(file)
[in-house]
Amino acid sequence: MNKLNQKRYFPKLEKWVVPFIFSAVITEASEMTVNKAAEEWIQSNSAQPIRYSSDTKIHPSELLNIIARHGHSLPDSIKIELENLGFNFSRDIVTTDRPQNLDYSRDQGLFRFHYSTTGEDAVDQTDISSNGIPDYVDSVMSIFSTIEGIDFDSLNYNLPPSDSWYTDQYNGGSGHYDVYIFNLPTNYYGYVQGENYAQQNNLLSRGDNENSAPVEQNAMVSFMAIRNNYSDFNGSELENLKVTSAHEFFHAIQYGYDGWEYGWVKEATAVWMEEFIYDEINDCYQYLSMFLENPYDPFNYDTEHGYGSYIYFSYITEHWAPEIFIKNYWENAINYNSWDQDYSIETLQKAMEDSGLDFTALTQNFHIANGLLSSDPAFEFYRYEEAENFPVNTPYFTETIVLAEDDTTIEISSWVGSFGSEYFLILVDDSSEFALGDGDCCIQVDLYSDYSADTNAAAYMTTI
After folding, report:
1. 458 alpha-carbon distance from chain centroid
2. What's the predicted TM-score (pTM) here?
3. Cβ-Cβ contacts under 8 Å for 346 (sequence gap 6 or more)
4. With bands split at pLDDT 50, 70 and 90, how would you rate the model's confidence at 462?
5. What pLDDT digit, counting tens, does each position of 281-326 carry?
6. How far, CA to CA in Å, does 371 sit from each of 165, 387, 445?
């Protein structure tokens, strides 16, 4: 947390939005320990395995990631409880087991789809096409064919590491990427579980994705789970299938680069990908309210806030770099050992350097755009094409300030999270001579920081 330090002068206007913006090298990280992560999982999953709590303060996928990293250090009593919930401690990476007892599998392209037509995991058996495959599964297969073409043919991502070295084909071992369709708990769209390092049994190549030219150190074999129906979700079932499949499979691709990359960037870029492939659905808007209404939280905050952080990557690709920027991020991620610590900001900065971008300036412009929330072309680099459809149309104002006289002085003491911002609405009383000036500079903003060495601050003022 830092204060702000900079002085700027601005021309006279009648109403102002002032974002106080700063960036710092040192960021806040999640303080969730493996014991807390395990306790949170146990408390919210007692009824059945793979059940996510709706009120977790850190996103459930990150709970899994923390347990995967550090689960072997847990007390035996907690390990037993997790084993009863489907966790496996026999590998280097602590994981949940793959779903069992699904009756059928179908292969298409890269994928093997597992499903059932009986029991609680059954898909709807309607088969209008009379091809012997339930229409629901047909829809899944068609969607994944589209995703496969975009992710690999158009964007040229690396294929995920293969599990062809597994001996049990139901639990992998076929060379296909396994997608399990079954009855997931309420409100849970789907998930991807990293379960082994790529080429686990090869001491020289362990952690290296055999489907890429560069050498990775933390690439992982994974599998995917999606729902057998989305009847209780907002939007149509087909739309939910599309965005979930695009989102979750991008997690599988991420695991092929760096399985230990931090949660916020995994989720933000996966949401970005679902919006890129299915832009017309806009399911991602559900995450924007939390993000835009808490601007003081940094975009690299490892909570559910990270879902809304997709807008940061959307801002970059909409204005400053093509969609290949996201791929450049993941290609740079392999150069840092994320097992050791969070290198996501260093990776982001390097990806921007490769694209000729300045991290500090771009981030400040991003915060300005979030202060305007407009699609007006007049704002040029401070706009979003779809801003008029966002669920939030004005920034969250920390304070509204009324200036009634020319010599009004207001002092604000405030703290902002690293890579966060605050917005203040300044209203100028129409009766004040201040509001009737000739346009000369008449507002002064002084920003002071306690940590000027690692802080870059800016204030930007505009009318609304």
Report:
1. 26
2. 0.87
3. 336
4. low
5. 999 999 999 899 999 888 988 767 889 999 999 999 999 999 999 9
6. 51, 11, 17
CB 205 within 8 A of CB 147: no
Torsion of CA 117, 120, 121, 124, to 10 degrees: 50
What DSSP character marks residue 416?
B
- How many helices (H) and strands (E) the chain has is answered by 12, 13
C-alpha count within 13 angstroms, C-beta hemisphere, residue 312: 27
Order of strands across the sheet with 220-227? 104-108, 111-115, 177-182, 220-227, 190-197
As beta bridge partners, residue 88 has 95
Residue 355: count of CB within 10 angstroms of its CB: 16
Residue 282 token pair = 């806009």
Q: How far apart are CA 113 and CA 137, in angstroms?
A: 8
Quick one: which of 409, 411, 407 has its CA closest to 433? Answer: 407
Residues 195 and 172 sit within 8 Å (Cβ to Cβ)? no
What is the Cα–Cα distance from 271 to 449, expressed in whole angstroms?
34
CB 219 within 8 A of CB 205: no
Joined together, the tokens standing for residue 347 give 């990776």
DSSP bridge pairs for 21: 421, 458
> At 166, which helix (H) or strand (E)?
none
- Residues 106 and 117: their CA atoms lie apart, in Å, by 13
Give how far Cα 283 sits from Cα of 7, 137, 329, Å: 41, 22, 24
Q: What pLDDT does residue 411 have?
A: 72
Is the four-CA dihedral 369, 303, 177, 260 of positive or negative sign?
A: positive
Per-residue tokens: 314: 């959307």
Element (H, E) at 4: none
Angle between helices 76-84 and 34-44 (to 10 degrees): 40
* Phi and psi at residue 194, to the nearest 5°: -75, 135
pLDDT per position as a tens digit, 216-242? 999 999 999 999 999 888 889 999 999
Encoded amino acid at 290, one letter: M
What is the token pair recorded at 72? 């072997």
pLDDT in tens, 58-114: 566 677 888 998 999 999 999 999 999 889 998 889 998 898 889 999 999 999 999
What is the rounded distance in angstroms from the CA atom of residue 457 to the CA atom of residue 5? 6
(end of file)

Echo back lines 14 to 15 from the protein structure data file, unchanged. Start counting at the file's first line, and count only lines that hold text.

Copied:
3. 336
4. low